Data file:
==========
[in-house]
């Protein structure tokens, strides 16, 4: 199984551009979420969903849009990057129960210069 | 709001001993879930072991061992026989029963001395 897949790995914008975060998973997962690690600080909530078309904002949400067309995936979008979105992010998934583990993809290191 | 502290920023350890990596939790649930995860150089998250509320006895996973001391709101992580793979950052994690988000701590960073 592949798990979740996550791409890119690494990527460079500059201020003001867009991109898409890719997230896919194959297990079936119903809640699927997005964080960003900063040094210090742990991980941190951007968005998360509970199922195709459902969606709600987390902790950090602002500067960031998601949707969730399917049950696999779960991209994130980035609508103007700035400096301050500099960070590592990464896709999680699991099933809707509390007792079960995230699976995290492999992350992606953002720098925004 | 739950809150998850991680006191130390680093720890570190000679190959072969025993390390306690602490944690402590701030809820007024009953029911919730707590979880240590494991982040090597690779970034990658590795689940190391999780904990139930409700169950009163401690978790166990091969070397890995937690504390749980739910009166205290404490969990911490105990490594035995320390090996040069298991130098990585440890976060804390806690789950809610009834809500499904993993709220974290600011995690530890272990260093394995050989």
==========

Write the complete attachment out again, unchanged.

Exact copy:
[in-house]
């Protein structure tokens, strides 16, 4: 199984551009979420969903849009990057129960210069 | 709001001993879930072991061992026989029963001395 897949790995914008975060998973997962690690600080909530078309904002949400067309995936979008979105992010998934583990993809290191 | 502290920023350890990596939790649930995860150089998250509320006895996973001391709101992580793979950052994690988000701590960073 592949798990979740996550791409890119690494990527460079500059201020003001867009991109898409890719997230896919194959297990079936119903809640699927997005964080960003900063040094210090742990991980941190951007968005998360509970199922195709459902969606709600987390902790950090602002500067960031998601949707969730399917049950696999779960991209994130980035609508103007700035400096301050500099960070590592990464896709999680699991099933809707509390007792079960995230699976995290492999992350992606953002720098925004 | 739950809150998850991680006191130390680093720890570190000679190959072969025993390390306690602490944690402590701030809820007024009953029911919730707590979880240590494991982040090597690779970034990658590795689940190391999780904990139930409700169950009163401690978790166990091969070397890995937690504390749980739910009166205290404490969990911490105990490594035995320390090996040069298991130098990585440890976060804390806690789950809610009834809500499904993993709220974290600011995690530890272990260093394995050989």